One or both of rail 30 and mating member 40 can be made from a flexible, low friction (“slippery”), plastic material, such as polyethylene, Teflon, or polypropylene to provide a low coefficient of friction between the members as they slide relative to one another. Because the length (as measured perpendicular to the plane of FIG. 1) of guide system 20 is much longer than the width (measured parallel to a horizontal line in the plane of FIG. 1) of the cross section, various components such as rail 30, mating member 40, attachment flange 25, or accessory 50 may be made with an extrusion process, but such a process is not required. Additionally, rail 30 and flange 25 can be formed as a unitary piece, such as by extrusion. Likewise, mating member 40 and accessory 50 can be formed as a unitary piece, or joined by any suitable attachment method. In FIG. 1, flange 25 can include an attachment base 24. Attachment base 24 can provide releasable attachment of the flange 25 to the outer surface of an endoscope. For instance, attachment base 24 can include an adhesive layer on a bottom surface 23, by which flange 25 can be attached to an endoscope. Flange 25 may also be secured to endoscope with adhesive sprays or tapes, Velcro-like attachment materials, non-adhesive silicone tape, with segments of heat shrink tubing, or other suitable attachment means. Such attachments enable rail 30 to be attached to numerous sizes of standard endoscope, allowing guide system 20 to be compatible with standard equipment already owned by a user.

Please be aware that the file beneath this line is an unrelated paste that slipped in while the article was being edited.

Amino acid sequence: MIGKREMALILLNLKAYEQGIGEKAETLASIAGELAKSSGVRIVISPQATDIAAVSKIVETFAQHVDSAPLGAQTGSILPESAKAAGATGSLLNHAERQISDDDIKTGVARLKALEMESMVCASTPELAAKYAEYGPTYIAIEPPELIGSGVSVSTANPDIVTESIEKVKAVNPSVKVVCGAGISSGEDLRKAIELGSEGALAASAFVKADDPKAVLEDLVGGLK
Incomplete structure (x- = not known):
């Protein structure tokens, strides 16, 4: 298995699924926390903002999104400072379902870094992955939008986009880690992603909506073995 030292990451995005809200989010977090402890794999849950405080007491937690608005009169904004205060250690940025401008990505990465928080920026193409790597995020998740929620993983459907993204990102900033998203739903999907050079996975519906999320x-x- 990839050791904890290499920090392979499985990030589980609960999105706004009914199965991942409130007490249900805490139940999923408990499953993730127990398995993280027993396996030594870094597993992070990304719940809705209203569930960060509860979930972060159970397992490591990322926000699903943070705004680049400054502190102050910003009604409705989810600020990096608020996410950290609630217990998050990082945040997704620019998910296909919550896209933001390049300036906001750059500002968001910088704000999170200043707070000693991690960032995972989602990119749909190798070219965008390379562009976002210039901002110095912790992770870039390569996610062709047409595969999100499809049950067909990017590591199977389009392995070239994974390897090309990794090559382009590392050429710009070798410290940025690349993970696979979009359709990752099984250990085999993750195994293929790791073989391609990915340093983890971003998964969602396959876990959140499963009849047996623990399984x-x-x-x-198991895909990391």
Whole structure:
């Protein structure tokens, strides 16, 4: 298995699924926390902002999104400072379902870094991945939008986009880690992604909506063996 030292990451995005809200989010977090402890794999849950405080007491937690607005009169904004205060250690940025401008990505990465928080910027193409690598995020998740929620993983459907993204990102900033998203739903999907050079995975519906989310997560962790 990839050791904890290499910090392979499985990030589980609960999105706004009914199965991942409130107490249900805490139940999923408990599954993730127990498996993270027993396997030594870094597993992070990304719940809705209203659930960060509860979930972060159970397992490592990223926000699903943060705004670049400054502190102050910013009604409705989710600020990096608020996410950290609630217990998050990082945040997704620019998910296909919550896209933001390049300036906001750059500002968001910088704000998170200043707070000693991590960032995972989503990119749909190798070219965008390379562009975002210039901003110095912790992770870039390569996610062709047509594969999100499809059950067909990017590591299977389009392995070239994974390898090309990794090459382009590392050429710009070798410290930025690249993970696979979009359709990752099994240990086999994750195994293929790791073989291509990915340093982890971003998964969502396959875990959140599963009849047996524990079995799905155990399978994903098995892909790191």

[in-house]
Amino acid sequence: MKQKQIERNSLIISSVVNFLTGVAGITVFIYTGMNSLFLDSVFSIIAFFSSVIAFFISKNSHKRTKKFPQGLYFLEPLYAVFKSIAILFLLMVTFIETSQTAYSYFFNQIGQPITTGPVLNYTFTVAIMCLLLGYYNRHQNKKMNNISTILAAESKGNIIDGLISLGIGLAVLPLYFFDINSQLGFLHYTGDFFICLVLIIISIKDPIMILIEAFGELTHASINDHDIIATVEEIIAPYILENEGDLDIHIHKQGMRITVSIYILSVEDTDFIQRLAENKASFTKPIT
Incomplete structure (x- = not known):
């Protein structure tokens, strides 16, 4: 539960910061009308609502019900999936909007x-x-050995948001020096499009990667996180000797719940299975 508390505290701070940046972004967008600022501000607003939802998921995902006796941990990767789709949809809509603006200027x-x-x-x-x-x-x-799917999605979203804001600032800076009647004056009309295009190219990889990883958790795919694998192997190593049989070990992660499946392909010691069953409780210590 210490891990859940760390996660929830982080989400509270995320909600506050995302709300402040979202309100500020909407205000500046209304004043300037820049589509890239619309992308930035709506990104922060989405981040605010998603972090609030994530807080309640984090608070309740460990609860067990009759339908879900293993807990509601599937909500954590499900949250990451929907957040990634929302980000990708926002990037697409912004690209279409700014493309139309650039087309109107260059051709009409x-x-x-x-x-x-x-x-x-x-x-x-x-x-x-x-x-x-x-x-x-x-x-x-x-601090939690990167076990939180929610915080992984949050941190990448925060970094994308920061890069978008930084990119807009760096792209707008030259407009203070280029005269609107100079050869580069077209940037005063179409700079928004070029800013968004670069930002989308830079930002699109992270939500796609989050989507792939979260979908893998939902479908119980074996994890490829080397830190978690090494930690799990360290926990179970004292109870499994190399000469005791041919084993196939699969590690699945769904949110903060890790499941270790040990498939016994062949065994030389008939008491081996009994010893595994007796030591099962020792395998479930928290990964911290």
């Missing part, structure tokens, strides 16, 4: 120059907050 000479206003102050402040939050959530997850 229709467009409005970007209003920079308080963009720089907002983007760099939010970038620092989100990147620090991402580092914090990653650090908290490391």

FIGS. 2A-2C illustrate another embodiment of a guide system 20. FIG. 2A is an isometric view of the accessory 50 and mating member 40 of a guide system 20. FIG. 2B is an isometric view of the rail 30 and attachment flange 25 associated with a thin wall tube 27. FIG. 2C is cross-sectional view of an assembled guide system 20, including accessory guide 50, mating member 40, rail 30, flange 25, and thin walled tube 27, which can be in the form of a flexible sheath.